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Disclosure of all convictions and cautions is a breach of Article 8 rights to respect for private life

Employment Law News

Disclosure of all convictions and cautions is a breach of Article 8 rights to respect for private life

The Supreme Court has held that that the blanket requirement to disclose all convictions and cautions for the purpose of criminal records checks without regard to their relevance was not compatible with the right to respect for private life under Article 8 of the European Convention of Human Rights.

T had received two warnings at the age of 11 from the police in respect of bicycle thefts. These convictions had been spent in accordance with the Rehabilitation of Offenders Act, which provides that after a certain period of time certain offences do not need to be disclosed. T applied for two jobs which involved working with children but was not offered the job after criminal record checks revealed his spent convictions. Similarly, JB had received one caution as a child for a petty theft. JB applied for a job in the care sector but was refused the job because her criminal record (consisting of a spent caution) made her an inappropriate candidate.

T and JB issued proceedings, arguing that the disclosure of their criminal records was incompatible with their right to respect for private life under article 8 of the European Convention of Human Rights.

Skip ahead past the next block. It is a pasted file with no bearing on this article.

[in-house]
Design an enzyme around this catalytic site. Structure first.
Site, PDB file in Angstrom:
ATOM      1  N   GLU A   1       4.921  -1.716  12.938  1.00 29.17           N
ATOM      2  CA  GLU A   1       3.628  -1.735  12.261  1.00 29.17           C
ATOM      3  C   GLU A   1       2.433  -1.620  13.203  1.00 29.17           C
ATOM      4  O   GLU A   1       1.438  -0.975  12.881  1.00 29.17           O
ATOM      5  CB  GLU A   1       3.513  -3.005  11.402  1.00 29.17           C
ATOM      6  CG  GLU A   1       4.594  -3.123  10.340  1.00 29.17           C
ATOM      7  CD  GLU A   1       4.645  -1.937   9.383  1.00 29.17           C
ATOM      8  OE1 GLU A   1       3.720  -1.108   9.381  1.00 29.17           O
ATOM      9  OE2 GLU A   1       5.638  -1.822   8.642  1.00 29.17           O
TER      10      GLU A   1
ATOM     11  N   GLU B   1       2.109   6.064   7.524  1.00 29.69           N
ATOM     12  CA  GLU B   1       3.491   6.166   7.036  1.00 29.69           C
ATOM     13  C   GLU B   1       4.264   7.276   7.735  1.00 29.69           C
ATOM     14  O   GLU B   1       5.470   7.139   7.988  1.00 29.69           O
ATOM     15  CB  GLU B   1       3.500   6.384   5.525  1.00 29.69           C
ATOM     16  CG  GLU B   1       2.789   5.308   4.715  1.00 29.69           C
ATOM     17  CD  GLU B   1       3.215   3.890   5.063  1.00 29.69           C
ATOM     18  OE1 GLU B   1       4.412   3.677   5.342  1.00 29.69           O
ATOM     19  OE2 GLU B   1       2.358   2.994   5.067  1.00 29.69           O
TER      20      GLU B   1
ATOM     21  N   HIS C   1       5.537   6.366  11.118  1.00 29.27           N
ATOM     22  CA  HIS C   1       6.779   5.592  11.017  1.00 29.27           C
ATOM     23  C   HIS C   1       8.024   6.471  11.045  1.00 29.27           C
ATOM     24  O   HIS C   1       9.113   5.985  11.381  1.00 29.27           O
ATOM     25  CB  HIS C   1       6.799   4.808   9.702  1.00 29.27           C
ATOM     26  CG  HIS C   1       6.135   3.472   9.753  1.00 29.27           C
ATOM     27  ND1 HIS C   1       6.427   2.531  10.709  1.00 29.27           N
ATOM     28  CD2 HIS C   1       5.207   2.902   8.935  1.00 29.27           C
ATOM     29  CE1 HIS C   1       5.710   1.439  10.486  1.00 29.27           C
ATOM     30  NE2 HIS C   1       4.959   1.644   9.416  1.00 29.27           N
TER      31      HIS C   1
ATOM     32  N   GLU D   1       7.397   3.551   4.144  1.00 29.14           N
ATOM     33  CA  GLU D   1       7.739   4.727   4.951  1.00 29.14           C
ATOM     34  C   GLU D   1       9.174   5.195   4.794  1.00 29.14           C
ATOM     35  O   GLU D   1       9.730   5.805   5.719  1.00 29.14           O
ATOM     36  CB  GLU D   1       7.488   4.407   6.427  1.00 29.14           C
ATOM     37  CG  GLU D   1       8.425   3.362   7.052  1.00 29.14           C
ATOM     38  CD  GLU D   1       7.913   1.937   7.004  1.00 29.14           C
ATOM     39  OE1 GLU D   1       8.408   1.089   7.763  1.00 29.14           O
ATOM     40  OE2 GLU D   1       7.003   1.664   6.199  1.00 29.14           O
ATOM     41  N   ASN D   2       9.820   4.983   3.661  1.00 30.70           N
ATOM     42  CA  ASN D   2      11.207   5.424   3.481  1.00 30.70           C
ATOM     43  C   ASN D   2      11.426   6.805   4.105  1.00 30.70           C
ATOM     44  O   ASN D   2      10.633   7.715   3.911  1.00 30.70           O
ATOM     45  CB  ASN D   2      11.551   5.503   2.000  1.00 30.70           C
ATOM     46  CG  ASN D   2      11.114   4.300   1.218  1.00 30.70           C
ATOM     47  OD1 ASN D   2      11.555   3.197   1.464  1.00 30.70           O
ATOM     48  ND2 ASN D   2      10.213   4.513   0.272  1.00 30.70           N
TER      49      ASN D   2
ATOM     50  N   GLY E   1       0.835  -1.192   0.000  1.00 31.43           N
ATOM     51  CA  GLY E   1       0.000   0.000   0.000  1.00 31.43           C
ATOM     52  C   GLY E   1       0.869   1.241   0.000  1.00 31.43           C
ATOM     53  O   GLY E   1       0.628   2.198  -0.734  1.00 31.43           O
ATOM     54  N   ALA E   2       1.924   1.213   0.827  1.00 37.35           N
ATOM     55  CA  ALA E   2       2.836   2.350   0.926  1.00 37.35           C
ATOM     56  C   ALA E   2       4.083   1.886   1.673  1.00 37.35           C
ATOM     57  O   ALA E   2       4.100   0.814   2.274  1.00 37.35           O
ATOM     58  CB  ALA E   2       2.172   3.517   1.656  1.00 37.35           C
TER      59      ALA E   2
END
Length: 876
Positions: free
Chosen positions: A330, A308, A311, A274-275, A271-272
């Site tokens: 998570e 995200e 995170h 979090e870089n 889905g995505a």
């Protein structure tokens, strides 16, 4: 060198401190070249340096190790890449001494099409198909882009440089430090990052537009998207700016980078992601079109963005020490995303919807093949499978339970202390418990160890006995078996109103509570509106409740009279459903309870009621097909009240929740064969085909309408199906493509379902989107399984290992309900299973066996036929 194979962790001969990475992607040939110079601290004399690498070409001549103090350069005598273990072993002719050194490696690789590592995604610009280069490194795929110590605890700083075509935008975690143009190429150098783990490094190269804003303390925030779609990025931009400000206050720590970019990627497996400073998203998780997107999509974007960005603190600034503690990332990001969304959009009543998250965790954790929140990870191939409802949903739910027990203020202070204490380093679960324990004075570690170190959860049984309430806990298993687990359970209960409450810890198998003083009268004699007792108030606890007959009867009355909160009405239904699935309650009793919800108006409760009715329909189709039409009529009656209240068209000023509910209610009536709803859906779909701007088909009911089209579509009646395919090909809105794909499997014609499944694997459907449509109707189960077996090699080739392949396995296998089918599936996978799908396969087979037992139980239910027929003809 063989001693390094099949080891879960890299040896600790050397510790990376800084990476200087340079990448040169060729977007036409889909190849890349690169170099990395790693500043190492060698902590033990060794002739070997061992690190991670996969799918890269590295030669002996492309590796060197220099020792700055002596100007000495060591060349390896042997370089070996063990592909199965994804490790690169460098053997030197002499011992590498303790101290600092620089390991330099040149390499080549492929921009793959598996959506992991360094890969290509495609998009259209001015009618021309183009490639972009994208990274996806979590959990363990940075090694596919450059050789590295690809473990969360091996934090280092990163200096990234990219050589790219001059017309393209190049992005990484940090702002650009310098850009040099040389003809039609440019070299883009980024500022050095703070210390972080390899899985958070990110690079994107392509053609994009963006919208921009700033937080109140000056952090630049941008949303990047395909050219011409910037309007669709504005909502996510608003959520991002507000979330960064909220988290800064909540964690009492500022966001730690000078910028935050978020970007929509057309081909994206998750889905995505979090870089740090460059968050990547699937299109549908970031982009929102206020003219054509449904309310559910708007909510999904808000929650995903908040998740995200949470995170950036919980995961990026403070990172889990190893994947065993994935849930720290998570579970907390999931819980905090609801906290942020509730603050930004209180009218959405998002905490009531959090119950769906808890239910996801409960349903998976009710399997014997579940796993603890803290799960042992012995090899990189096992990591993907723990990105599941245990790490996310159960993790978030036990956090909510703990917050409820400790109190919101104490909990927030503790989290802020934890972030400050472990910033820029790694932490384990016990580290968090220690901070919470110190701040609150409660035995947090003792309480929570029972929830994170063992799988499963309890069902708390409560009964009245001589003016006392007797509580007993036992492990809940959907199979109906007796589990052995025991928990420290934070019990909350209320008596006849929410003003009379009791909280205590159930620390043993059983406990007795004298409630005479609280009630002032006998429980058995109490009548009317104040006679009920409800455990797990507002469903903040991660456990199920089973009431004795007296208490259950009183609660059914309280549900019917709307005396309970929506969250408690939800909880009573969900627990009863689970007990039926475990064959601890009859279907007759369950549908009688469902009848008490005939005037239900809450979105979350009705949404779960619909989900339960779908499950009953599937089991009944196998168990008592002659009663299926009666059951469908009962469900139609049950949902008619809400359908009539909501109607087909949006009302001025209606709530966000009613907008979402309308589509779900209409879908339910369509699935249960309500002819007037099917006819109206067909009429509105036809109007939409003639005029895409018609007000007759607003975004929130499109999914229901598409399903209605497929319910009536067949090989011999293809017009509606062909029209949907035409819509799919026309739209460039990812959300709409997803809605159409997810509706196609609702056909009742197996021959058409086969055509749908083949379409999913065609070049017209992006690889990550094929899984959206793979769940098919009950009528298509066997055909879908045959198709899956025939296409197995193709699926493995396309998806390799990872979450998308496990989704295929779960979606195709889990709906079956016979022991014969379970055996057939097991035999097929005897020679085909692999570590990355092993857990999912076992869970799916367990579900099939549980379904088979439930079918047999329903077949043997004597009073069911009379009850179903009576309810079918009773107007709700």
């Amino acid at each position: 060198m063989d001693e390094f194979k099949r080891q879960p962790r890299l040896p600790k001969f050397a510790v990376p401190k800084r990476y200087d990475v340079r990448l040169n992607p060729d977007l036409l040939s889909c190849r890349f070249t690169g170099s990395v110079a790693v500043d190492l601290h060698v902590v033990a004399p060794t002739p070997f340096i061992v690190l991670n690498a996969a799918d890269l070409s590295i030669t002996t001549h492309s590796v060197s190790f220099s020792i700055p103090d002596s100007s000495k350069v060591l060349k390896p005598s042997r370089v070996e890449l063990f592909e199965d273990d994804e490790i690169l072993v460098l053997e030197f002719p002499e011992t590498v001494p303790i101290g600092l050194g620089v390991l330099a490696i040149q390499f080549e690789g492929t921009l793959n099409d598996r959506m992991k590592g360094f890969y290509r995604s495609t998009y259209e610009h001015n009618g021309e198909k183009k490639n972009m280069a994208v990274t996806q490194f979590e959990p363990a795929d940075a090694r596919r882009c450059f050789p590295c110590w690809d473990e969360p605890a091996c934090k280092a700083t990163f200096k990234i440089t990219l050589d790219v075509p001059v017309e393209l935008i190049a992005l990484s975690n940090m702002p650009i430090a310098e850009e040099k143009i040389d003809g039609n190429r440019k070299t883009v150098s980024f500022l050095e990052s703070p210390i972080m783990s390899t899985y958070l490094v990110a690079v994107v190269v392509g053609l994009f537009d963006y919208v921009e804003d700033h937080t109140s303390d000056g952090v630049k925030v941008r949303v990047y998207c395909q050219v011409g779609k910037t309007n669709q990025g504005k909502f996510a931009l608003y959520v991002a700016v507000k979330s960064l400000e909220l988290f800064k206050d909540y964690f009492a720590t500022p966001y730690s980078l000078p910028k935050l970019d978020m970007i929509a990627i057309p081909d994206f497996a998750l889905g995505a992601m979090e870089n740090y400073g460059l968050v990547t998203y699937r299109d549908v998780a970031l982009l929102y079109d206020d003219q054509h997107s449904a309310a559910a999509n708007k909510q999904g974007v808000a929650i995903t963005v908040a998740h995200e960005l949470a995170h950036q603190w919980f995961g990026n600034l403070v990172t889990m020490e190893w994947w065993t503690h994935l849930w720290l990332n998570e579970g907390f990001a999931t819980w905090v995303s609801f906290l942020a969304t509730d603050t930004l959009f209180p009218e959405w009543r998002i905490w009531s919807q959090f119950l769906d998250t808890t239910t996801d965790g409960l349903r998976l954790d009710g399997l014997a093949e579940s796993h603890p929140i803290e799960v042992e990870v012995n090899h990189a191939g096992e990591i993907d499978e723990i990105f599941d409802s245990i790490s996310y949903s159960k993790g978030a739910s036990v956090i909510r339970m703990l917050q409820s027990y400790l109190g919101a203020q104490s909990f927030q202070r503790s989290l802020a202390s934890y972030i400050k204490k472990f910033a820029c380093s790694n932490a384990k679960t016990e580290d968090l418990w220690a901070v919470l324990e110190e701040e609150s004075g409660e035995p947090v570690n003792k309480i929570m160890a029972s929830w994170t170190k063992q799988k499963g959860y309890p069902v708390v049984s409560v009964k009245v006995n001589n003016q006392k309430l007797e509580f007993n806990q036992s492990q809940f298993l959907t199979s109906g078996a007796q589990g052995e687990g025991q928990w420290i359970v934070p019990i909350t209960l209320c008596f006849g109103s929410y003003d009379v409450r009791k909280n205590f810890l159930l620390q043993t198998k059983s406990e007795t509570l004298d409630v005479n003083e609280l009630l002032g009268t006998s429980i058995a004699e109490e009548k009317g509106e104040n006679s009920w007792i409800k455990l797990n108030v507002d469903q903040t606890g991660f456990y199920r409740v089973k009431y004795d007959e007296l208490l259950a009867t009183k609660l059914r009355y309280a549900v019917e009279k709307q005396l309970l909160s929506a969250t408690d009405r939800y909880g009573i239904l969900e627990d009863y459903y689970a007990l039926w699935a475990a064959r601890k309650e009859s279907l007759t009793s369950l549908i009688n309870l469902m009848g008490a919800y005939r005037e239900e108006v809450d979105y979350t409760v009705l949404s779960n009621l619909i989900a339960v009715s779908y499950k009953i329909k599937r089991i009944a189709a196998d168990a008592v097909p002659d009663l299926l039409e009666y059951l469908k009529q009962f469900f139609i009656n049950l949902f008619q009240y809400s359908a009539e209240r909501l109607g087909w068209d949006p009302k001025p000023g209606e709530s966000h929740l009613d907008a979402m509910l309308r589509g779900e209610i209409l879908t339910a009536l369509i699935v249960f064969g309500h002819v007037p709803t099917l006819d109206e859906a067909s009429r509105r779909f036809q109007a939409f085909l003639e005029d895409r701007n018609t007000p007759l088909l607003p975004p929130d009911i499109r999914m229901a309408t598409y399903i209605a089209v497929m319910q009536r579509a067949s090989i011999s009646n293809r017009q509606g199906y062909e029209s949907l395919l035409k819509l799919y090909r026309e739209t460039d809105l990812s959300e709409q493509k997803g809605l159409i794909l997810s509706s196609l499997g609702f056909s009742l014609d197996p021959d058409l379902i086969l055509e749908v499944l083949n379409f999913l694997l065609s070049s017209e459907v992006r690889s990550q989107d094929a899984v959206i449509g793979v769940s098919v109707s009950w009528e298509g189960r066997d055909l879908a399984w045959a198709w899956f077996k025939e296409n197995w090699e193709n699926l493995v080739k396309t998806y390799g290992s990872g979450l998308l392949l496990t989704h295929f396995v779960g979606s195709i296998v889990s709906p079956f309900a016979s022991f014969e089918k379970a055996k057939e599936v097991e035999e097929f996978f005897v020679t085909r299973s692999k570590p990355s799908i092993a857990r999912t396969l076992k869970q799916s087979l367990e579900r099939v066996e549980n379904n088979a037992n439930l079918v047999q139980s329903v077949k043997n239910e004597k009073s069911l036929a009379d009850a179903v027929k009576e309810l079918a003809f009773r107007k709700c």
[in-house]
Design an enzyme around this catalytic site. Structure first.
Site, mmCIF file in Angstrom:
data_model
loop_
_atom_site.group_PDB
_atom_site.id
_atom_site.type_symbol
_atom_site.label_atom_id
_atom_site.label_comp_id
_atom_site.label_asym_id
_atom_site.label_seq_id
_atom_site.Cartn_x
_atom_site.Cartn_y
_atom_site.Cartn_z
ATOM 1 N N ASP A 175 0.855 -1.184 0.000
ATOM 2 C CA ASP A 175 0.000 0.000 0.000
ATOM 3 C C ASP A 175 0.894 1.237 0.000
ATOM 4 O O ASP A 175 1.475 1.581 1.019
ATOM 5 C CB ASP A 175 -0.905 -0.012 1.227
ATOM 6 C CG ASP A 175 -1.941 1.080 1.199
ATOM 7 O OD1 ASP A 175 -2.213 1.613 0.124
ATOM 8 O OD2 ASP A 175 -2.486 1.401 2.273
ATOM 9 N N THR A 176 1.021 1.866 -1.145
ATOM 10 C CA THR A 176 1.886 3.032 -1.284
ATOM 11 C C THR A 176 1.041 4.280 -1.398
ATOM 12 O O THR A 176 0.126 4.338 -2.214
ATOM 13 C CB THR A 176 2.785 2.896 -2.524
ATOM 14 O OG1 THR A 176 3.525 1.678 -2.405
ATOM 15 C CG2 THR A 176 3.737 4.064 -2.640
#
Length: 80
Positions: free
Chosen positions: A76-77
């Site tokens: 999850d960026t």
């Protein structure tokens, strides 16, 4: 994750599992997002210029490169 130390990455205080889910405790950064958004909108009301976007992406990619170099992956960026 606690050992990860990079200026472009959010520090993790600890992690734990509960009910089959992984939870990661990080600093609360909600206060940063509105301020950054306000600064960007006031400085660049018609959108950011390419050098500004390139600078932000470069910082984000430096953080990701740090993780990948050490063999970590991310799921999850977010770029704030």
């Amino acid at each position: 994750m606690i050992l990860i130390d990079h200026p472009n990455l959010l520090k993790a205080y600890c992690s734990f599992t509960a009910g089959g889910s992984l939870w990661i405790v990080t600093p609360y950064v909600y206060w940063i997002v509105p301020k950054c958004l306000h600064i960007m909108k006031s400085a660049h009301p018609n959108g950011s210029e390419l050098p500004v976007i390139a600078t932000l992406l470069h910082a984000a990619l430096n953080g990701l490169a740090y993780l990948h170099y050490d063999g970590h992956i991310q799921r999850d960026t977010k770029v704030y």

The Human Rights Act provides that it will not be lawful for public authorities to act in a way that is incompatible with the convention. One of the remedies under the Human Rights Act is for national courts to make a ‘declaration of incompatibility’ which, if not rectified, would result in a referral to the European Court of Human Rights.

The Supreme Court held that the disclosure of the cautions went further than was necessary to achieve the objective of protecting employers and vulnerable persons and did not strike a fair balance between T and JB’s rights and the interests of the community. The Supreme Court found that it could not find any relationship between the minor offences of T and JB and the government’s aim to protect children, in the case of T, or vulnerable adults, in the case of JB.

Since this judgment, the government has introduced two new orders which aim to rectify this incompatibility.

R (on the application of T and others) v Secretary of State for the Home Department and another UKSC 35

 

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